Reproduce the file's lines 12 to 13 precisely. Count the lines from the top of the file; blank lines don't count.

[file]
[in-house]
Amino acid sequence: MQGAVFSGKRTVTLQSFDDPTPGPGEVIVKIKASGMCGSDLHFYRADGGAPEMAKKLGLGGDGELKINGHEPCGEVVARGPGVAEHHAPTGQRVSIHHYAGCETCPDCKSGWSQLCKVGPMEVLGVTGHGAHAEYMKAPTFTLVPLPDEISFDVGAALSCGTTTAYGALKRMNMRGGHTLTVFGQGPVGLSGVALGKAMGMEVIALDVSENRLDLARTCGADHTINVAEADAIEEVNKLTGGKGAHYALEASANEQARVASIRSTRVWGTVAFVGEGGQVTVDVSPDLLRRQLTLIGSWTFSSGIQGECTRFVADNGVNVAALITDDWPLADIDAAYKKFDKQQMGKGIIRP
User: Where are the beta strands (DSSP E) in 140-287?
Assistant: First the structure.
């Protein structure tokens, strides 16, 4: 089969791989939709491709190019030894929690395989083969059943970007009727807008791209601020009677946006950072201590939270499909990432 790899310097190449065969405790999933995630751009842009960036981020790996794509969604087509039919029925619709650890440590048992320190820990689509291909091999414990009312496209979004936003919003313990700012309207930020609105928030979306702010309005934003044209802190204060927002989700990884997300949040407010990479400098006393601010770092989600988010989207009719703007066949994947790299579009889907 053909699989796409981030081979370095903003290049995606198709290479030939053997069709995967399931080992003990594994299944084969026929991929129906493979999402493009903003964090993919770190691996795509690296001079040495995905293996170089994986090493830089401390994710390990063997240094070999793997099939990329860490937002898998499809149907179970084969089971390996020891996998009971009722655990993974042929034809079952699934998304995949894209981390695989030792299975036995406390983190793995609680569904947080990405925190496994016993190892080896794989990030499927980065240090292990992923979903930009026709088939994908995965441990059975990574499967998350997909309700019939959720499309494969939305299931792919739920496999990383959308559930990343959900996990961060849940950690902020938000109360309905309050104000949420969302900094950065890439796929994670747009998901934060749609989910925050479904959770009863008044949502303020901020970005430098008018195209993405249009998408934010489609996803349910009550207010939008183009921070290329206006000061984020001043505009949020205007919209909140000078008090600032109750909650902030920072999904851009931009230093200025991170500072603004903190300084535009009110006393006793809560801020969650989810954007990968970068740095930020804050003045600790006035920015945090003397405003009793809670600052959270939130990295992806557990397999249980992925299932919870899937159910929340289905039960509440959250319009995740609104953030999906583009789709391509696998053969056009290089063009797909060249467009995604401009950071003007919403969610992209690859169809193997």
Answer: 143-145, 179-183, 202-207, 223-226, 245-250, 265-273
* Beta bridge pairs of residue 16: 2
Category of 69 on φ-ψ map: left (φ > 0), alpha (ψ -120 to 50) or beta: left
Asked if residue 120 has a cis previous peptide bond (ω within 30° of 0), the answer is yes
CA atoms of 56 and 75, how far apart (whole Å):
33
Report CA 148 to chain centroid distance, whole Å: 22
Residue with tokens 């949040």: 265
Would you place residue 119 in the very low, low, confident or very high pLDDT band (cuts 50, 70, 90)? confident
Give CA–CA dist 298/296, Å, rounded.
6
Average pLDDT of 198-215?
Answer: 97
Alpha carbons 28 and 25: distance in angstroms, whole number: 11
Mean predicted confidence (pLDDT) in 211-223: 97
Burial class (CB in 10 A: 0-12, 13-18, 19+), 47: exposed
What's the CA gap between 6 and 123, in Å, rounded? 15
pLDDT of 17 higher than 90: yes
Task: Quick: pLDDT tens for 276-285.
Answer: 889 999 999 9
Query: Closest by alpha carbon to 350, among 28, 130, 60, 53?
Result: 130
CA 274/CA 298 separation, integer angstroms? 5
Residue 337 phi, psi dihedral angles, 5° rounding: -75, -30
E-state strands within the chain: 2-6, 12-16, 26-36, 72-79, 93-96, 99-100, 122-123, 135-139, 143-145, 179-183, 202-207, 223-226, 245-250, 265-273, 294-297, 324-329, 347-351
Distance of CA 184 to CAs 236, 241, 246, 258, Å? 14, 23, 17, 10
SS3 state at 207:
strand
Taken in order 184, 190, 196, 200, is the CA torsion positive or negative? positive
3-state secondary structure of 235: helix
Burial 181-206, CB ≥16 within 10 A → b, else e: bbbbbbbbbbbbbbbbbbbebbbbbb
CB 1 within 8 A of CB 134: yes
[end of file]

Report CA 148 to chain centroid distance, whole Å: 22
Residue with tokens 């949040």: 265